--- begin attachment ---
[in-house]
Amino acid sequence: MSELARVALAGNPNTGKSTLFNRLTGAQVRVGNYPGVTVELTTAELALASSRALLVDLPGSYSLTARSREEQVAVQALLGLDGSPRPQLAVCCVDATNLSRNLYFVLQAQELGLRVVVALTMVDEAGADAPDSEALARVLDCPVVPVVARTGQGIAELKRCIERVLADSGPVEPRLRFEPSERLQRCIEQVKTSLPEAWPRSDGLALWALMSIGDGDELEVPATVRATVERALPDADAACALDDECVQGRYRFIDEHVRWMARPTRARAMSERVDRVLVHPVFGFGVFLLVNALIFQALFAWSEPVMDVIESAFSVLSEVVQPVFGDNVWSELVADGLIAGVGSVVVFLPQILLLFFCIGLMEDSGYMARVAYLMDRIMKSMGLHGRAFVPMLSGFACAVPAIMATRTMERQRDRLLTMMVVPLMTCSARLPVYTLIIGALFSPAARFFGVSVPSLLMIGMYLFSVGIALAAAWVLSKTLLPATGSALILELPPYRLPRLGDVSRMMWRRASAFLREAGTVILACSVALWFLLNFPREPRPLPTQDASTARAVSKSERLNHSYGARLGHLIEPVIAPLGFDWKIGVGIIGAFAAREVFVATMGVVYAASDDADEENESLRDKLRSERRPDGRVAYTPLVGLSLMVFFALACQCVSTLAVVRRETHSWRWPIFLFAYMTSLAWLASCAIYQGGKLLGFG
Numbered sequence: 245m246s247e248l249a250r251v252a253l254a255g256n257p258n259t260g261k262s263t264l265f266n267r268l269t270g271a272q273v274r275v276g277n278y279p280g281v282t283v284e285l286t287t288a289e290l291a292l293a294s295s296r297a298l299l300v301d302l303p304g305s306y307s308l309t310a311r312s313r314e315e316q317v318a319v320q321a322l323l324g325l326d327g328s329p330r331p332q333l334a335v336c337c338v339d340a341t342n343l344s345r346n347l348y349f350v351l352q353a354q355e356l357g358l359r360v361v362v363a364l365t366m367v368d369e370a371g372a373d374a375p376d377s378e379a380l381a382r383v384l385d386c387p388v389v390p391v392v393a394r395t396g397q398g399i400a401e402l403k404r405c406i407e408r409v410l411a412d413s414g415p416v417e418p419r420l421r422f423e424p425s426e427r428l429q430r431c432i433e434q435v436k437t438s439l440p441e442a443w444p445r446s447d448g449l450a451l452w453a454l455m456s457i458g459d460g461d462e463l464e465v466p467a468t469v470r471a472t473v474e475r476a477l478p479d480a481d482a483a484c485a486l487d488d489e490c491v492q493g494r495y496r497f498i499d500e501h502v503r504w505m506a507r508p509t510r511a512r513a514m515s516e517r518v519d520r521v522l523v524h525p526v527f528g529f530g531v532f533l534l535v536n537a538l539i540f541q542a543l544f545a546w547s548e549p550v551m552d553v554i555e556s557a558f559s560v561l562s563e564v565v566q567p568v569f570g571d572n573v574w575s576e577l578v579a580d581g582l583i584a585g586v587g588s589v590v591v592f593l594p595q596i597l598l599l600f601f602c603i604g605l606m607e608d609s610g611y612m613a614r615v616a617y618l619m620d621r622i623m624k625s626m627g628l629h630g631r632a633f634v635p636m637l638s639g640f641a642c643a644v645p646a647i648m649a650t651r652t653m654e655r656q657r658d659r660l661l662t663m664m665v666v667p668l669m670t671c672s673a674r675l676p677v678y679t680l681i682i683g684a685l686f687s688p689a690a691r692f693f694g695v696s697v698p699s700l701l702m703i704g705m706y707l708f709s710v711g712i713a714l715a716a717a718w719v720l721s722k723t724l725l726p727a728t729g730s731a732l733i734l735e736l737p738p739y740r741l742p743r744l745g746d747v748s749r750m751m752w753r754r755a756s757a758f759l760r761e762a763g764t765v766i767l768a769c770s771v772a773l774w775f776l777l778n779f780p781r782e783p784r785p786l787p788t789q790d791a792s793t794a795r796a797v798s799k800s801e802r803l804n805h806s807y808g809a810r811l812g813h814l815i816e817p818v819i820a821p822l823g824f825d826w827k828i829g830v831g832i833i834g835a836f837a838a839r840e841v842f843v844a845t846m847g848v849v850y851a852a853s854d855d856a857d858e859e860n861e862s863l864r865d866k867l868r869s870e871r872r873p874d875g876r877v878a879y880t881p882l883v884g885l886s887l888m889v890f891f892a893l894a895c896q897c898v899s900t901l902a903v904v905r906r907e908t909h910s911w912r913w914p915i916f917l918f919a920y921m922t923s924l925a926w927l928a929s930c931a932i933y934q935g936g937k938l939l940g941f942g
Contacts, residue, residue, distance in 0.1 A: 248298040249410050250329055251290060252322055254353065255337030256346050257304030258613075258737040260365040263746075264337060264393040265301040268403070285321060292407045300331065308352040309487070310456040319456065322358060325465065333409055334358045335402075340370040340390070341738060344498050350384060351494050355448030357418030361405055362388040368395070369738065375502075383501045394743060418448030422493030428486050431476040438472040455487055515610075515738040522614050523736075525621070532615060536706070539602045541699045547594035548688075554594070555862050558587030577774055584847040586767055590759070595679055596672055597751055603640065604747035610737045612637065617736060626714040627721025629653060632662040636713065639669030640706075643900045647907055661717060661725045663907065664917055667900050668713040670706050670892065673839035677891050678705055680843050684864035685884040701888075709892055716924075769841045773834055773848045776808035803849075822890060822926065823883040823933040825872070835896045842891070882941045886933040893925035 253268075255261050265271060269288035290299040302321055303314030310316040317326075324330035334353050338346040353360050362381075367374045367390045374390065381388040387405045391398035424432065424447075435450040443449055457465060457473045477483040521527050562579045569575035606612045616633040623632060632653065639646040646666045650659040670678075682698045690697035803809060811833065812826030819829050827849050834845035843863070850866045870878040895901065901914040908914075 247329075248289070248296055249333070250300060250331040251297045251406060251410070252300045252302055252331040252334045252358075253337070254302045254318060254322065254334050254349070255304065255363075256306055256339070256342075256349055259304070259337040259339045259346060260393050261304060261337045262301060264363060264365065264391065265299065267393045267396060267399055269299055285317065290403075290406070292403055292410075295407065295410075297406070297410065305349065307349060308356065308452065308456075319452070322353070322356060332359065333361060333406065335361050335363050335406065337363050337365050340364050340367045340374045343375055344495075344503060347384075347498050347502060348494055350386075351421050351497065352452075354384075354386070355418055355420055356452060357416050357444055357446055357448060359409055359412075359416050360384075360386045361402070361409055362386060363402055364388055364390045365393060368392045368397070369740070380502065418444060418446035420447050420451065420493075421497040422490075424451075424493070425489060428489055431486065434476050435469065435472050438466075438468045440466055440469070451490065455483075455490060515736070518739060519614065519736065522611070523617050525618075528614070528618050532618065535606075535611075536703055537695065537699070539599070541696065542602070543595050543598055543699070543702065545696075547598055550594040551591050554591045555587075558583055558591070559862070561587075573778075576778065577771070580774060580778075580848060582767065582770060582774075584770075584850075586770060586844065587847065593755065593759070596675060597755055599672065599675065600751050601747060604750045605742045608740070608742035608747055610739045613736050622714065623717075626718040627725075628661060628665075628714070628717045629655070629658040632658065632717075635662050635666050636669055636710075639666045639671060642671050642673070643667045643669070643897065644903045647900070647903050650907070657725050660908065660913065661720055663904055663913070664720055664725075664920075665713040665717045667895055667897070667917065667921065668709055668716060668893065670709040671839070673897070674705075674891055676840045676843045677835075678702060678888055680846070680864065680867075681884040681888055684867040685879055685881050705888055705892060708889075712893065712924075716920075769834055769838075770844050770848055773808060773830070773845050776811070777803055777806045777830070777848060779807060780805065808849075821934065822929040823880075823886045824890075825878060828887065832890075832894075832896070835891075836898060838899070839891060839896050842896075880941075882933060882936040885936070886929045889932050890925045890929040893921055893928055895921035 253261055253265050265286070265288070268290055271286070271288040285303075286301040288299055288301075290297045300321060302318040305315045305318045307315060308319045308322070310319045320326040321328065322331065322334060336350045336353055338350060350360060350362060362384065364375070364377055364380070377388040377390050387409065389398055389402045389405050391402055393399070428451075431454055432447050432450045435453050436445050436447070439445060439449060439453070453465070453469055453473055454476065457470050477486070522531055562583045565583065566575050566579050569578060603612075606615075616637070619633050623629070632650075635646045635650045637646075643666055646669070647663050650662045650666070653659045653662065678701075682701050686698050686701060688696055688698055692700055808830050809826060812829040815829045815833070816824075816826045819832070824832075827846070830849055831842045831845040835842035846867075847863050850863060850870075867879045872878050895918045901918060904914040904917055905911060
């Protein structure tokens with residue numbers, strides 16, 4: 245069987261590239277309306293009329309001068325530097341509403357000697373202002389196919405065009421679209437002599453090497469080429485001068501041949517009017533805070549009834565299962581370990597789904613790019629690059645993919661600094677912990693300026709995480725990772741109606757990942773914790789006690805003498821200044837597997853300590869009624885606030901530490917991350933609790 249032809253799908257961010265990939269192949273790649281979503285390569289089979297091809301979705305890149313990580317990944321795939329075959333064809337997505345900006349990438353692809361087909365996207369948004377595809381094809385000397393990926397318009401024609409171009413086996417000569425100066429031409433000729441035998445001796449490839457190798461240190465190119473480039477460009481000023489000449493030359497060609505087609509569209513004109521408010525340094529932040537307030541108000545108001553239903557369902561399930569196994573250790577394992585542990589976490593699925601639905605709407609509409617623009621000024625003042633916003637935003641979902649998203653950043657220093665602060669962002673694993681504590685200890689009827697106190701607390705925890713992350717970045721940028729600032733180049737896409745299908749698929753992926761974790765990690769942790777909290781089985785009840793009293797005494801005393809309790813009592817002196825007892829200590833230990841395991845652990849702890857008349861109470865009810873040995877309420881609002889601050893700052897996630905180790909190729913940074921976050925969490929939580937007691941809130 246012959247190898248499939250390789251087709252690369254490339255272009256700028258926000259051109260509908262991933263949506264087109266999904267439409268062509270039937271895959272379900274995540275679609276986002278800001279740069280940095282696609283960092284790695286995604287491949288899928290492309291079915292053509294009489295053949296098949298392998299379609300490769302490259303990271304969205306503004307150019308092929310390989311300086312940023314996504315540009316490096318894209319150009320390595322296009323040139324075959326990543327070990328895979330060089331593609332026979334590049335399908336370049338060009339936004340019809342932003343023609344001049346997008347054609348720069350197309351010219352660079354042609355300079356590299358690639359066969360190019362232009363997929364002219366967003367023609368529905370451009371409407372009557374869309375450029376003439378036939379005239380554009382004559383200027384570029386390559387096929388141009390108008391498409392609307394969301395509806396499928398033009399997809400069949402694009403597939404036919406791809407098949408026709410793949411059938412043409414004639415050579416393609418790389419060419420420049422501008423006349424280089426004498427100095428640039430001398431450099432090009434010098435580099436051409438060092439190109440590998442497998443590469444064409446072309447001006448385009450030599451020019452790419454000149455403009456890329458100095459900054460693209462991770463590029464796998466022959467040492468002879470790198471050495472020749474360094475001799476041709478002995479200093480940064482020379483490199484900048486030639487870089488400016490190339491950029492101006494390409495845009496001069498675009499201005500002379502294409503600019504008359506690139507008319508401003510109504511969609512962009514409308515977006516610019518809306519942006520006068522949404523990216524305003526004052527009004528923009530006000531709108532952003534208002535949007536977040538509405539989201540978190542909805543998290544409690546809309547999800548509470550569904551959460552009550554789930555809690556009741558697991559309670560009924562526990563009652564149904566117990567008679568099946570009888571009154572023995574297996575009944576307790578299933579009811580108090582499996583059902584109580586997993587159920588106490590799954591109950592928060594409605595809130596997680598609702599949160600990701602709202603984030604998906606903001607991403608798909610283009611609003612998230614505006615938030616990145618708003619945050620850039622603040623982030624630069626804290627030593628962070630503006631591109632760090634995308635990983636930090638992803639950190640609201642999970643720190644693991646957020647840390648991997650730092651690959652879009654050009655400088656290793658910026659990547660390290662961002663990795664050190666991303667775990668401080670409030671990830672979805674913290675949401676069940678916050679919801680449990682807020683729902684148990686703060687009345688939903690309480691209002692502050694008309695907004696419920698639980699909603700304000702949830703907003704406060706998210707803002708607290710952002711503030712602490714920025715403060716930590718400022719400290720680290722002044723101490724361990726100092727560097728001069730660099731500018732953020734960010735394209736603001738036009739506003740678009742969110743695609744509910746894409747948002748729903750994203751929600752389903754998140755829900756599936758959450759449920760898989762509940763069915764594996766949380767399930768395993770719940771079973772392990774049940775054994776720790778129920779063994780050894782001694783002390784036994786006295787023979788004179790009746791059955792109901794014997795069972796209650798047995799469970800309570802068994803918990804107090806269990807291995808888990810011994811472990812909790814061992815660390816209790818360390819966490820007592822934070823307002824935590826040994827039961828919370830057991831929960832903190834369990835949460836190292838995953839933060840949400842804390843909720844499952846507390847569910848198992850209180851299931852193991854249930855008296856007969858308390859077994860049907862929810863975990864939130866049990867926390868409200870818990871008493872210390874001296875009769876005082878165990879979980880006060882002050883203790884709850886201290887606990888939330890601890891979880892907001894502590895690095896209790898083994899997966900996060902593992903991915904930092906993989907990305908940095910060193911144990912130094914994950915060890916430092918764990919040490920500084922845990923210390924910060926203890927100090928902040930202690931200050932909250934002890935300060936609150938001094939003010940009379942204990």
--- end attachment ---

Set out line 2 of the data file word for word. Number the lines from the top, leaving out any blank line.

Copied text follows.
Amino acid sequence: MSELARVALAGNPNTGKSTLFNRLTGAQVRVGNYPGVTVELTTAELALASSRALLVDLPGSYSLTARSREEQVAVQALLGLDGSPRPQLAVCCVDATNLSRNLYFVLQAQELGLRVVVALTMVDEAGADAPDSEALARVLDCPVVPVVARTGQGIAELKRCIERVLADSGPVEPRLRFEPSERLQRCIEQVKTSLPEAWPRSDGLALWALMSIGDGDELEVPATVRATVERALPDADAACALDDECVQGRYRFIDEHVRWMARPTRARAMSERVDRVLVHPVFGFGVFLLVNALIFQALFAWSEPVMDVIESAFSVLSEVVQPVFGDNVWSELVADGLIAGVGSVVVFLPQILLLFFCIGLMEDSGYMARVAYLMDRIMKSMGLHGRAFVPMLSGFACAVPAIMATRTMERQRDRLLTMMVVPLMTCSARLPVYTLIIGALFSPAARFFGVSVPSLLMIGMYLFSVGIALAAAWVLSKTLLPATGSALILELPPYRLPRLGDVSRMMWRRASAFLREAGTVILACSVALWFLLNFPREPRPLPTQDASTARAVSKSERLNHSYGARLGHLIEPVIAPLGFDWKIGVGIIGAFAAREVFVATMGVVYAASDDADEENESLRDKLRSERRPDGRVAYTPLVGLSLMVFFALACQCVSTLAVVRRETHSWRWPIFLFAYMTSLAWLASCAIYQGGKLLGFG